On my youngest brothers birthday, we visited a juvenile detention center and did two performances for two different groups. Both times we really got through to the kids. My brother was blessed to share the day caring about these young men. Many of the kids have come from broken families, had no parents or been through a tragedy.  We were able to reach a lot of really beautiful young people and give them some real direction. They were quick to learn, ask questions and participate. It was like they were just starving for love and attention.

My family with a group of the kids and staff at a juvenile detention center.

We made a color flyer with a cool car on it and use the example of a car, to teach them how they have to start their mind (think), shift into gear (make right choices) and drive their life (short version of a detailed and helpful example;). No one can drive our “car” (life) for us, if we are distracted by peer pressure and all the voices of the world, we can “crash”. We communicate these ideas through a theatrical act, and large colored posters as well.  It is something that really relates to this age group and they really get it.

The way it works here in Brazil is that minors, 17 years and younger, cannot be tried as adults or receive a long prison scnetence. So big time gangs, recruit these kids to commit serious crimes knowing they will get less time. It is tragic what some of these kids, who are really mere children, have done and now have to figure out how to deal with. After our performance, many of the guys came up and just wanted to tell their stories. One guy named Lucas, had just watch his mother die in the hospital. One guy had just had his right eye shot out by a cop who was chasing him. One kid had 7 brothers he was raising. Many told us that we had changed them forever and they were going to leave the gangs, maybe leave this city if thats what it took, and that they wanted to do good with their life. 

The director told us that in 15 years of working there, and seeing other groups come in and talk to the kids, he had never seen anything like what we did. He said we were the first people he ever saw “speak their language”. That is why we use cool music, do a little rap, cool magic ecs, so that we can “speak their language” and reach inside them. We did a total of eight presentations for different groups at different youth centers in the city. 

Its really awesome when it works out and we can go back to visit a previous prison. All the prisoners have had time to read the material we give out and think about all we shared and now they get the chance to ask us any questions and engage in conversation. We keep track of what  acts, magic routines and dances we did the first time, and do all new things the next time so they get a whole new show. We usually re-visit a previous patio, and then go to a new one as well.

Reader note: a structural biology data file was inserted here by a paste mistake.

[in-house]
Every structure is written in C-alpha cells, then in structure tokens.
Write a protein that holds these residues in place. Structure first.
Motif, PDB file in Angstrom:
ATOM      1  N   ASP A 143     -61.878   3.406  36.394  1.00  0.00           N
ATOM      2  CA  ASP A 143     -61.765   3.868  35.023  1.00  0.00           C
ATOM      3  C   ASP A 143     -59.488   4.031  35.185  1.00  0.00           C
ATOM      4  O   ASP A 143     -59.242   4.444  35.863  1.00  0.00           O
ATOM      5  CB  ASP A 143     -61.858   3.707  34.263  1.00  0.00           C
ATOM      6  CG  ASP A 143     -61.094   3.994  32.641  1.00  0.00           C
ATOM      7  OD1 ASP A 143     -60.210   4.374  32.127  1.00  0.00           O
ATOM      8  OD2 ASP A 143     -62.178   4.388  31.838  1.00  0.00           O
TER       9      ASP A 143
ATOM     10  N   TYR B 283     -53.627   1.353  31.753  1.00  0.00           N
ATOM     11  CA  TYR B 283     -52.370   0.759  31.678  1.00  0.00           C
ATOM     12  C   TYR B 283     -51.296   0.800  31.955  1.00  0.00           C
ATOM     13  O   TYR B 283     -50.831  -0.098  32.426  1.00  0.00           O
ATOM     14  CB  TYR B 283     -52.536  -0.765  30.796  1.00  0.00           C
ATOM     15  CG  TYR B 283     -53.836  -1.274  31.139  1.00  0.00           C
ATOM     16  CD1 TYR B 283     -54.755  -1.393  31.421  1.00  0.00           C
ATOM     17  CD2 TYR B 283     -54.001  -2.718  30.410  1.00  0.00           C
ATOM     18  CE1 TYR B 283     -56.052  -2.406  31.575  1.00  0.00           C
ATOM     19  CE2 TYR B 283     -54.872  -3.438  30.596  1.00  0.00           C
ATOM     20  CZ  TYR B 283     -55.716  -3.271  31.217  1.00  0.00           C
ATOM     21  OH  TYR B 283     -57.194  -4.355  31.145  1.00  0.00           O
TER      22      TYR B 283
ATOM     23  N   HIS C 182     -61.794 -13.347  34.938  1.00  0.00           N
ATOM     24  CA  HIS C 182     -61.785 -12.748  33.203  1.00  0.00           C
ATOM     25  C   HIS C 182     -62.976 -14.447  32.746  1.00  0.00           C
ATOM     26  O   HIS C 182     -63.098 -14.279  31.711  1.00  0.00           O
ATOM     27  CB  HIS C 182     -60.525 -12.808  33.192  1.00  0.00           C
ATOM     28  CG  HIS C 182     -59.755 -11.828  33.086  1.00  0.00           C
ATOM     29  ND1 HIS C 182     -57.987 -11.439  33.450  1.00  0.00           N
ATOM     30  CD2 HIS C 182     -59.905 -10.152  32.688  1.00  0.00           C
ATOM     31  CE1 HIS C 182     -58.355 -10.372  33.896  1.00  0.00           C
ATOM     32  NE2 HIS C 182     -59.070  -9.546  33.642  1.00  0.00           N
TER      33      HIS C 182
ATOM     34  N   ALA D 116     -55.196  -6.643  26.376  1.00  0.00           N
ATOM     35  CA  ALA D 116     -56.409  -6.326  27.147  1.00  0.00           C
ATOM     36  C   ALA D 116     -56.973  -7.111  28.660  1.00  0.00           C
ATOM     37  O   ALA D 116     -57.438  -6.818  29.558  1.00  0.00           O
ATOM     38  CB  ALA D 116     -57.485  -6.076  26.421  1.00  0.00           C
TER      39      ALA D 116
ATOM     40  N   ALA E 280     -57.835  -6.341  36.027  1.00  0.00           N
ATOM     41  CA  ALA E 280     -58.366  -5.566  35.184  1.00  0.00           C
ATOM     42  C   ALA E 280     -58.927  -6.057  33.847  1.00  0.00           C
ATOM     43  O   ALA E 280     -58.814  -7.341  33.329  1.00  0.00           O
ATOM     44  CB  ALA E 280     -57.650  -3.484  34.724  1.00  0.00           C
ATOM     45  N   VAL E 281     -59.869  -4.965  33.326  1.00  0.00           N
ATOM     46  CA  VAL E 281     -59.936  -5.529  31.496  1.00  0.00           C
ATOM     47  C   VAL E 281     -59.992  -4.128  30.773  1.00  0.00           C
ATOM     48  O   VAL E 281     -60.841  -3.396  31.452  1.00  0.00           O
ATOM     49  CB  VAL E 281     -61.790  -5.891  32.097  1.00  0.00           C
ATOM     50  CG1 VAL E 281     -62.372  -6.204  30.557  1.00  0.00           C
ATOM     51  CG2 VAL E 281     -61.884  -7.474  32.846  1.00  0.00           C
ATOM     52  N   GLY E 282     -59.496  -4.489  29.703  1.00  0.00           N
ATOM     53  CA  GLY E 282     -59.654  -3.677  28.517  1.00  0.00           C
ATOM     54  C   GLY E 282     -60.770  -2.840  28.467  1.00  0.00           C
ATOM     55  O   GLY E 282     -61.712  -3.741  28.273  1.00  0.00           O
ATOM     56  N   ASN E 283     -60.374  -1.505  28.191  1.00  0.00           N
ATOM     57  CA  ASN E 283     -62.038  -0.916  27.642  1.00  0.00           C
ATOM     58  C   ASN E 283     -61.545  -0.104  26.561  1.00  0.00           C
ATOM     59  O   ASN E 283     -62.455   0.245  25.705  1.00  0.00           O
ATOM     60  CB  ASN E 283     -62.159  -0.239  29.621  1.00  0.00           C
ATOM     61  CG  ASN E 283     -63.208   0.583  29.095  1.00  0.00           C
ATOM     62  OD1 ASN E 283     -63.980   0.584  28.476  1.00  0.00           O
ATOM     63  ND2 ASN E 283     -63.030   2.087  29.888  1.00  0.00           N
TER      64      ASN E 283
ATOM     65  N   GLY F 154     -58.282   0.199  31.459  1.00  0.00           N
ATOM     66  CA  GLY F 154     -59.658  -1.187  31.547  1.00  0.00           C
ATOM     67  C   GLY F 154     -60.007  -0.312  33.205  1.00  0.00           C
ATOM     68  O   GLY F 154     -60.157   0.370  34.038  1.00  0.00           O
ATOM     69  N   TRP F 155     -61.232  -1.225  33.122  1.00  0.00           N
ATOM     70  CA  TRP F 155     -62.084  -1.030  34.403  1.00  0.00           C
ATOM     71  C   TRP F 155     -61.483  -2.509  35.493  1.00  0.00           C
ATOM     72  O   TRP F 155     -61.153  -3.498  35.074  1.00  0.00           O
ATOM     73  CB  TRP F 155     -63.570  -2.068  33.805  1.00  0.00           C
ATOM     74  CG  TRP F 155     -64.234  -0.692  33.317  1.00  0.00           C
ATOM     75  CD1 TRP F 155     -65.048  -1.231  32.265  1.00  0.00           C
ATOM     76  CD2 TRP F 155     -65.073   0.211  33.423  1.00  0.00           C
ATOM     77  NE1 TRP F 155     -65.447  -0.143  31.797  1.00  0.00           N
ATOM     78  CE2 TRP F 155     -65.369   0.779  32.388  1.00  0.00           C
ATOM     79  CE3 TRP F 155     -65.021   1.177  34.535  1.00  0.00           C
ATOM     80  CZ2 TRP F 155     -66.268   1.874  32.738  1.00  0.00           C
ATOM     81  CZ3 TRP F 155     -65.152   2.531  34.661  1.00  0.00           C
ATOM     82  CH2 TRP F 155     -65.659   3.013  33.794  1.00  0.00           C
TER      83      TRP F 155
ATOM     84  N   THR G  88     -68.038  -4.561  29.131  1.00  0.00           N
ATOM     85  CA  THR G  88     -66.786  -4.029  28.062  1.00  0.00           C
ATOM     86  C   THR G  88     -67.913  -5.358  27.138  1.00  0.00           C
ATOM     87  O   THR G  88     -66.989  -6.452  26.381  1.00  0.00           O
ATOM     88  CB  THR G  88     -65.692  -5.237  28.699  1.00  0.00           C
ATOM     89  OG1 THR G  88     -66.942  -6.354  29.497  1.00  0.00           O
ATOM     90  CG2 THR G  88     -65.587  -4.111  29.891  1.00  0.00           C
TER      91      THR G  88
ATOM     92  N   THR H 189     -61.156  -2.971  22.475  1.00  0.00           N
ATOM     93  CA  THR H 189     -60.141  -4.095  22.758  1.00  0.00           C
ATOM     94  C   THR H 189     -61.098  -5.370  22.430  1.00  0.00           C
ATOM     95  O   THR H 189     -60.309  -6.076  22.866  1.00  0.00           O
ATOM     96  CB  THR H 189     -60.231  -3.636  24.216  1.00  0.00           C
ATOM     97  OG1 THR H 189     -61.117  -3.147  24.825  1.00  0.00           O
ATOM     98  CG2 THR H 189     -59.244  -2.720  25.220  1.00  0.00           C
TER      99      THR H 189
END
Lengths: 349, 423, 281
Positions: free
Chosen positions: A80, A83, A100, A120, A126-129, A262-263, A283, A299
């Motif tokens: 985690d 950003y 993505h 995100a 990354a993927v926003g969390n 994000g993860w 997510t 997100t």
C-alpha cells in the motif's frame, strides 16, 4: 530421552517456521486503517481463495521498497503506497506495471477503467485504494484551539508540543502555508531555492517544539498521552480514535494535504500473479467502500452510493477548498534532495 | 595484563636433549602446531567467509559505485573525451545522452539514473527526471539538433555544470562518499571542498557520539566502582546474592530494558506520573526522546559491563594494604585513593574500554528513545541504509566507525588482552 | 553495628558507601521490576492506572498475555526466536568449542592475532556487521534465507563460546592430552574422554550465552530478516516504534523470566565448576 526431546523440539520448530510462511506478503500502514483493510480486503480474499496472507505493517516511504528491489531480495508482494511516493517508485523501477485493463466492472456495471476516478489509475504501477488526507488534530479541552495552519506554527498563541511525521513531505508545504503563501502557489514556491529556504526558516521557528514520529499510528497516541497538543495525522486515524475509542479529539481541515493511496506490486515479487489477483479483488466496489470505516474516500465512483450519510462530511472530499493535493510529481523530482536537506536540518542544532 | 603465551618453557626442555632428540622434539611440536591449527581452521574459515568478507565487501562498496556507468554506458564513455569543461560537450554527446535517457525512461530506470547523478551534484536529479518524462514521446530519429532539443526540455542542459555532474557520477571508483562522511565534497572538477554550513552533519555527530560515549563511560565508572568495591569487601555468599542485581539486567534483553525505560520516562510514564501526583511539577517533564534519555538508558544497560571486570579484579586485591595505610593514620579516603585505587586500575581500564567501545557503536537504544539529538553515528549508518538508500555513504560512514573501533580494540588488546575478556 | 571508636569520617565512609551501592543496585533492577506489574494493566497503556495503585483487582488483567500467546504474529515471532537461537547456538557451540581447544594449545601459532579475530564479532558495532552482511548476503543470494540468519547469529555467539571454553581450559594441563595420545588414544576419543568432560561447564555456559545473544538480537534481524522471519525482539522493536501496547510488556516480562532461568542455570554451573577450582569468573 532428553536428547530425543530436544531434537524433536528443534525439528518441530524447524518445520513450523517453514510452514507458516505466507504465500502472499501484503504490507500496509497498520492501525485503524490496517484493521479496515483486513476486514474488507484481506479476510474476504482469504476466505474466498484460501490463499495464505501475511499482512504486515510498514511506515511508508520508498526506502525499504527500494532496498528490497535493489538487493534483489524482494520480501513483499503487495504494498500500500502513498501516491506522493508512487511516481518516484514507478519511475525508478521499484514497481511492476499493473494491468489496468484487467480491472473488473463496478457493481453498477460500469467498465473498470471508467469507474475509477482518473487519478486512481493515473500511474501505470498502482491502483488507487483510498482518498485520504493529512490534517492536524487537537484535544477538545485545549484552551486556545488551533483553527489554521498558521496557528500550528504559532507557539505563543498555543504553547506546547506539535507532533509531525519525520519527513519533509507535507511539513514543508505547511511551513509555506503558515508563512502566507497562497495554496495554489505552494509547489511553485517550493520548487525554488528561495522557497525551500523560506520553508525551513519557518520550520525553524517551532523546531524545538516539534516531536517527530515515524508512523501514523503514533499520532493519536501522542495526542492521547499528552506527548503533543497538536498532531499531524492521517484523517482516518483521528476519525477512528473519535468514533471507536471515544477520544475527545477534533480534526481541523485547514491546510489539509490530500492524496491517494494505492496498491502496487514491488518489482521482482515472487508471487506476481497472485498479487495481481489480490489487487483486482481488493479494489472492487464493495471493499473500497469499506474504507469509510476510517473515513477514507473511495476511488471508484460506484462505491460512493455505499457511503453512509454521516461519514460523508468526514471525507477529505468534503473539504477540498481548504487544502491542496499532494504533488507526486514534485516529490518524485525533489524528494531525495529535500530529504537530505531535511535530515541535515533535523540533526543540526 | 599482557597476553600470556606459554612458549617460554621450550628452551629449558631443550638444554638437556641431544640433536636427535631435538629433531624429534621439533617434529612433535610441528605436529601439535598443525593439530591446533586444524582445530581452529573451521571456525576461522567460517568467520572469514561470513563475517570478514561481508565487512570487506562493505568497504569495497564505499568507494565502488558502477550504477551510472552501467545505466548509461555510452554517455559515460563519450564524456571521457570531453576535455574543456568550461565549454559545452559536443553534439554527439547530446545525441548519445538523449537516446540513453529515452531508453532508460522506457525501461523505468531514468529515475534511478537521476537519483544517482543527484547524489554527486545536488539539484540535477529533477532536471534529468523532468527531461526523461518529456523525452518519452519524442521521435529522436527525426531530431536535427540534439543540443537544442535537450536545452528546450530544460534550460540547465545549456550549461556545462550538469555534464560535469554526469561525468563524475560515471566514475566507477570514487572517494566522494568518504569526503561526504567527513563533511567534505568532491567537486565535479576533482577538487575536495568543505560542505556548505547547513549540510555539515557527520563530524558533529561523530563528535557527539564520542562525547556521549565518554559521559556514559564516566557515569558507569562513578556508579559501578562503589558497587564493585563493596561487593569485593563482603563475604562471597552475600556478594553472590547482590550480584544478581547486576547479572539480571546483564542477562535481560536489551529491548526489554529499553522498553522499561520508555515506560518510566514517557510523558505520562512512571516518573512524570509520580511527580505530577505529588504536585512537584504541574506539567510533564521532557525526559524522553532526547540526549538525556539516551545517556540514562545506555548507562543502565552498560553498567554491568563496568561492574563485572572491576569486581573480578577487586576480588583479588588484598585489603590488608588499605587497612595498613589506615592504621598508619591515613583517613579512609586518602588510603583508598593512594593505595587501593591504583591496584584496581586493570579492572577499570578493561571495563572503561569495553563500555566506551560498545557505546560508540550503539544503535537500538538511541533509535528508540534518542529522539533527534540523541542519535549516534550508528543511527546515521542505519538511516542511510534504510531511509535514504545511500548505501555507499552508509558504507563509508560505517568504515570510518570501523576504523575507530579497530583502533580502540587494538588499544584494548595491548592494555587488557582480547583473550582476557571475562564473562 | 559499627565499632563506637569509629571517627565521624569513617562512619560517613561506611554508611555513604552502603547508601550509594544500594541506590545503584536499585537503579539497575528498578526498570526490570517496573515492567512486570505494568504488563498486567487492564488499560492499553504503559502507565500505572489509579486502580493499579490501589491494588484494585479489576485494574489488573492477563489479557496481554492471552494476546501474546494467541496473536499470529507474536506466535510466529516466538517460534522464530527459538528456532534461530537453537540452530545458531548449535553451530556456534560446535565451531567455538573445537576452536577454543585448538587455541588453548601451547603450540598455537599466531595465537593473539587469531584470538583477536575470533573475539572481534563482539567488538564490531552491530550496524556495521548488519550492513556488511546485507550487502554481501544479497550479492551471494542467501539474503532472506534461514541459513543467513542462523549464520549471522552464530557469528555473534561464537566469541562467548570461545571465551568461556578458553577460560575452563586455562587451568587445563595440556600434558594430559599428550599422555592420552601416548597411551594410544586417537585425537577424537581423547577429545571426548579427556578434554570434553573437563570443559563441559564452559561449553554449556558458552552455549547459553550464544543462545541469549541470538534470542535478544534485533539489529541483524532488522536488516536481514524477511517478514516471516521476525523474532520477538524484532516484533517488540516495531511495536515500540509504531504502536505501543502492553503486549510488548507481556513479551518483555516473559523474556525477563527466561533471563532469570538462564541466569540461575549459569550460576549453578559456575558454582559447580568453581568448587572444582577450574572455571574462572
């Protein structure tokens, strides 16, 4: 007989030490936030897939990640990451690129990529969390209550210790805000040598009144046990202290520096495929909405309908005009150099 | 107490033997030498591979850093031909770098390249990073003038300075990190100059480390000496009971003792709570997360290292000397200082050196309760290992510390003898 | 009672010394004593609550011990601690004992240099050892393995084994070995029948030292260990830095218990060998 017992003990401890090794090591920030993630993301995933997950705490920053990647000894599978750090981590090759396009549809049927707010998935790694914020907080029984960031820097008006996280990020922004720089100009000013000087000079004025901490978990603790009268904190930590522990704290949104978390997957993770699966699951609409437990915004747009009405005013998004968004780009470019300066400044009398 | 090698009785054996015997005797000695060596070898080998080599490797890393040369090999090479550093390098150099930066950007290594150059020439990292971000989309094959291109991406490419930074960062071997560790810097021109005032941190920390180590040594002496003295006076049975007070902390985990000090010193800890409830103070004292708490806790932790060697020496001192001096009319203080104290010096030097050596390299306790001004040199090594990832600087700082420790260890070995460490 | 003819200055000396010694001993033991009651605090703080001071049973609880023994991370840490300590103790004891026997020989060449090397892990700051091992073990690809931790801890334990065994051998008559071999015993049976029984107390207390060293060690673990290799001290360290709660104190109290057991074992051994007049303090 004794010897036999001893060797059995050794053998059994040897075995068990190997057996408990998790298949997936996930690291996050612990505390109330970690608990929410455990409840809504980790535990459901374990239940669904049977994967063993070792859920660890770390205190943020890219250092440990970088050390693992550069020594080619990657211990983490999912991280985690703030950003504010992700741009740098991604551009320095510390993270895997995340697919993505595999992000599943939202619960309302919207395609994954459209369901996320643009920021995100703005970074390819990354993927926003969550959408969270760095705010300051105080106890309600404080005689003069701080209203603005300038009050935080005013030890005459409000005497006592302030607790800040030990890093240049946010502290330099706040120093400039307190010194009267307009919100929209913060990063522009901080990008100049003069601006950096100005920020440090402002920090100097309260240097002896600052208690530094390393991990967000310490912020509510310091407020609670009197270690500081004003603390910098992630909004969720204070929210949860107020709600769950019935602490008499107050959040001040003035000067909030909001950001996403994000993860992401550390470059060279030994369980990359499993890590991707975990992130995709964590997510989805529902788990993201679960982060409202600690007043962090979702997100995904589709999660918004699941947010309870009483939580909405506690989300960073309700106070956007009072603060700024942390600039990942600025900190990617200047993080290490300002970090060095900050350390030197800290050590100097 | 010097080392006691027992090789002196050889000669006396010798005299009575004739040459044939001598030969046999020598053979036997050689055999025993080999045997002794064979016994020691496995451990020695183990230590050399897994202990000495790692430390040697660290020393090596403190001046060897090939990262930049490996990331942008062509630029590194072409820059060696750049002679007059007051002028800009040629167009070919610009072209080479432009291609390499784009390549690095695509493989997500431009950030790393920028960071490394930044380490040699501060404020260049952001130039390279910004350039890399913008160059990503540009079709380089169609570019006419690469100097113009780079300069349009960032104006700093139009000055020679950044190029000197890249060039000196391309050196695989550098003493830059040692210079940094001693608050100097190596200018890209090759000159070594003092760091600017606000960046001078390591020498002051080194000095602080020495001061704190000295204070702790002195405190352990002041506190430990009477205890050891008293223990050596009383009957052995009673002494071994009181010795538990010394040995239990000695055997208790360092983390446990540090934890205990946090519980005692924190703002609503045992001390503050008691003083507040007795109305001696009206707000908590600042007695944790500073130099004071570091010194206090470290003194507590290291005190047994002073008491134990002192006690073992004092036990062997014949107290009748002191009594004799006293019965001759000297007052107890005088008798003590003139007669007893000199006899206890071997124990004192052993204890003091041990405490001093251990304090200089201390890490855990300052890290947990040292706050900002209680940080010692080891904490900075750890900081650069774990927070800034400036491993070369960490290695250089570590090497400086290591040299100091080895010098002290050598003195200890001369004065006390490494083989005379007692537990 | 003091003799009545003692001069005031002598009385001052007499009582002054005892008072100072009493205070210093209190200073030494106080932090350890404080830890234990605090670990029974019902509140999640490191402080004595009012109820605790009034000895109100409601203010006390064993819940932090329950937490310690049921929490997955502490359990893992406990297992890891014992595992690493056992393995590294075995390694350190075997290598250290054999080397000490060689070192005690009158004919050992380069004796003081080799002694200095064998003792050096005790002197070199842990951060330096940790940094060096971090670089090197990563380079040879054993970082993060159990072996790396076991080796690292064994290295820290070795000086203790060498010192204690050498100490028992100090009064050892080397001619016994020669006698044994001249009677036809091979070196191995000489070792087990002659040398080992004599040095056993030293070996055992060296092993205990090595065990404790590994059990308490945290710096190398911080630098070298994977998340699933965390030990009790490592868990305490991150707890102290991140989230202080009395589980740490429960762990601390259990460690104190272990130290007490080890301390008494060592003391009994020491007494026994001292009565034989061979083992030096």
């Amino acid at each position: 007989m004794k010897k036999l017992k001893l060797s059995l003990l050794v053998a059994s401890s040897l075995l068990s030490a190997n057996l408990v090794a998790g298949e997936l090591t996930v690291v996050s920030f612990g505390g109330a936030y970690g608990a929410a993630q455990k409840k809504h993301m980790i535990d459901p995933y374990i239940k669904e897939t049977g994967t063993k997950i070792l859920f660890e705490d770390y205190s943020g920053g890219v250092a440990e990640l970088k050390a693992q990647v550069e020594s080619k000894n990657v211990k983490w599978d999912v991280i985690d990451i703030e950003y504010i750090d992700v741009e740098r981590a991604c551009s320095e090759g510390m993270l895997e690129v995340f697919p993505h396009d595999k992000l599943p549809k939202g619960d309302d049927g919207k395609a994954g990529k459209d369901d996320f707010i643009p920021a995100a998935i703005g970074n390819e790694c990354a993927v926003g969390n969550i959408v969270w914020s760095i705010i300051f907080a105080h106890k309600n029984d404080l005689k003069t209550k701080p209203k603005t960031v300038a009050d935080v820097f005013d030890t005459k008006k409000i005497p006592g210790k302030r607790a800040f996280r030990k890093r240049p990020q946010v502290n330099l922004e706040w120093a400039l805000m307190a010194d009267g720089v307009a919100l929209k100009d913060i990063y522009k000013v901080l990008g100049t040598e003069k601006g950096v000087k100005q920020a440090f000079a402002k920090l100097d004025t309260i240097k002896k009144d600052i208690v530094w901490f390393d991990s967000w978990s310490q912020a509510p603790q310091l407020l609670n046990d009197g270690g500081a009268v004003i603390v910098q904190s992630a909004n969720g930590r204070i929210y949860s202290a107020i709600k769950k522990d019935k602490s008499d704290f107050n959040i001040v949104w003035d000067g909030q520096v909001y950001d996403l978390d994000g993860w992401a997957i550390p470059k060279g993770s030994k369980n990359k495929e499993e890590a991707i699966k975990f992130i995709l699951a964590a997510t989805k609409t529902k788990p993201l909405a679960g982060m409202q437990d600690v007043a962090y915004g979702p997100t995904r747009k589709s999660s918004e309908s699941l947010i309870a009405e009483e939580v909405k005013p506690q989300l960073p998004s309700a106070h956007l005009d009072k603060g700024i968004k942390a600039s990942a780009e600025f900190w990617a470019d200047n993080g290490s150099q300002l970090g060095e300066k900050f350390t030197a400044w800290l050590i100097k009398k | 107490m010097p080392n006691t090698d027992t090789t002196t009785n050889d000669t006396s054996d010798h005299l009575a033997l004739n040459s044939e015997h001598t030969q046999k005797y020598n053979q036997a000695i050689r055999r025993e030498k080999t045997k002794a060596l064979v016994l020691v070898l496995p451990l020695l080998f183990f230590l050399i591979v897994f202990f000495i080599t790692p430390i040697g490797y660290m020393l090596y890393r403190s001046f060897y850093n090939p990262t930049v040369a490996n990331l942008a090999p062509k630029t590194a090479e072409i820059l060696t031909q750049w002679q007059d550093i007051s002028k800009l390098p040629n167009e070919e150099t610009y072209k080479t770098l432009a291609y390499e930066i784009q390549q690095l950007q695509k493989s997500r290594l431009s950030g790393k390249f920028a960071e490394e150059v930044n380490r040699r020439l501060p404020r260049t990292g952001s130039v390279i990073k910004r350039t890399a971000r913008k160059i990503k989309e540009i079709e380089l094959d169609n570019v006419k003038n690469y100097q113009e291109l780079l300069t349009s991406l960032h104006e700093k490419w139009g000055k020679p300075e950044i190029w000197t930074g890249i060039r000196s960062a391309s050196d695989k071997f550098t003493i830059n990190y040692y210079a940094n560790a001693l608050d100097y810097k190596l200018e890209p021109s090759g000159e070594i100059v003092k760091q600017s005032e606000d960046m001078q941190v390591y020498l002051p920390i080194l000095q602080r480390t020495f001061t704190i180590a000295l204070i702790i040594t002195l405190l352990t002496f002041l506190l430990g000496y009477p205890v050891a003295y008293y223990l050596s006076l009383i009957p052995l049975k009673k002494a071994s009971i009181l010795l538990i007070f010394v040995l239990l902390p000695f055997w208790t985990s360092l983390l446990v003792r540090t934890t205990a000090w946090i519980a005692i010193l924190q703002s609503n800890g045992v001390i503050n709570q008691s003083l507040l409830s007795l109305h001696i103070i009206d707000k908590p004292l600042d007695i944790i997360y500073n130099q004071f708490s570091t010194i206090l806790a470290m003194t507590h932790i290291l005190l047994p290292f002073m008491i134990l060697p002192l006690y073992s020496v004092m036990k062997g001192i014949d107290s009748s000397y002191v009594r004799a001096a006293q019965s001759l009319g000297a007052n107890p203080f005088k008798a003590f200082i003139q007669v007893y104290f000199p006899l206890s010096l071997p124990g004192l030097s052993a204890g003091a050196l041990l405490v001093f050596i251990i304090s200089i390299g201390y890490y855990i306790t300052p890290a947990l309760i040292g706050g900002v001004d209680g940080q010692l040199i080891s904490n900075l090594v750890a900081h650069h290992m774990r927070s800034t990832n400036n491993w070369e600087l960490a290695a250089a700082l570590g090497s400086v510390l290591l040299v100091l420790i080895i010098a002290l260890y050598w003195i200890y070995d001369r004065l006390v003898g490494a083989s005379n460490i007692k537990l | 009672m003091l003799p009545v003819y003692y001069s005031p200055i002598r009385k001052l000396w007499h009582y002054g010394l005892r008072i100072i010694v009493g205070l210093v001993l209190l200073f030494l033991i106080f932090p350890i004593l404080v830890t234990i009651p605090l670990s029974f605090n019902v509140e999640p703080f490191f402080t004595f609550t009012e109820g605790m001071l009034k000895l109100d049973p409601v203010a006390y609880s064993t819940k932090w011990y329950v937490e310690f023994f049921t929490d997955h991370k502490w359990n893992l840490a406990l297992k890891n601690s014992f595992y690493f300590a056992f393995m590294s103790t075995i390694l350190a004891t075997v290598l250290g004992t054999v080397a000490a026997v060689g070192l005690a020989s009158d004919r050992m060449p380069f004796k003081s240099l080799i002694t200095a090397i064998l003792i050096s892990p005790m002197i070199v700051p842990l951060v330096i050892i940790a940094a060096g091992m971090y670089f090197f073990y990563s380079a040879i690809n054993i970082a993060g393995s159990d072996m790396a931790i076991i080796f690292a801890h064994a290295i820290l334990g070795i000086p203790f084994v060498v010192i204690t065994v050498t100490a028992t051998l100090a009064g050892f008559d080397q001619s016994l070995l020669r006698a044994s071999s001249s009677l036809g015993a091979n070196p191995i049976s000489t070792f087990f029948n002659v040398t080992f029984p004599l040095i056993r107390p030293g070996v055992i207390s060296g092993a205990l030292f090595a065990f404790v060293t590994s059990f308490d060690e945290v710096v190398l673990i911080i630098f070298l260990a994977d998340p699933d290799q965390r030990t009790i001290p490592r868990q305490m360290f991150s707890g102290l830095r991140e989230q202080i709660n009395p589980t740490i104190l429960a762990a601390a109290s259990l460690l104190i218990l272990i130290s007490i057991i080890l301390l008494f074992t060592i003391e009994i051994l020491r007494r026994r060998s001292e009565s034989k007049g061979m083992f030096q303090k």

An act where we use a net to communicate all the things that can trap us in life.
Only by engaging our freewill can we break away and find freedom. 

We worked extensively in the largest prison in Brazil. In this one patio we went into, it was one of the worst we have seen. There was trash everywhere (because they are not allowed bags or anyway to deal with trash), open sewage, and the walls were covered in mold. My heart just breaks for these guys suffering these conditions, some for many years. Many have never even stood before a judge or gotten a sentence!  A lot of the guys knew Capoeira (the Brazilian martial art which is a combination of dance and fight) and were so excited to participate! One guys said, “wow, thank you! It gives me goose bumps to play these Brazilian instruments again! (We let them play the drum and percussions)” Doing Capoeira brings a lot of energy into the whole crowd so everyone becomes more attentive to listen to all we share.

My brother “playing” with one of the guys. 

We tried to make it to the main down town city plaza at least once a week, and many people came out to look for us. It was so busy here and at times our crowd would get really large with people from all walks of life. I do a magic routine with my brother (who wears a cirque do solid type mask), where I make an invisible “seed” turn into flowers. We go up to random people in the crowd and make them put a “seed” in my bag then I turn it into a flower:) 

Seeds are those things in life which can seem so insignificant, but end can end up being very big. Like deciding to love a little more, making someone laugh, changing one thought or attitude, talking to the Father in a deeper way, spending a little more time reading the sacred scriptures, these are “seeds” that can grow into massive trees.

We reached so many people that were crossing through the plaza on their way to the bus stop. When they heard our music they stopped in the crowd, and many of them ended up staying the whole time! My sister does a really classy ballet dance that stops people in their tracks:)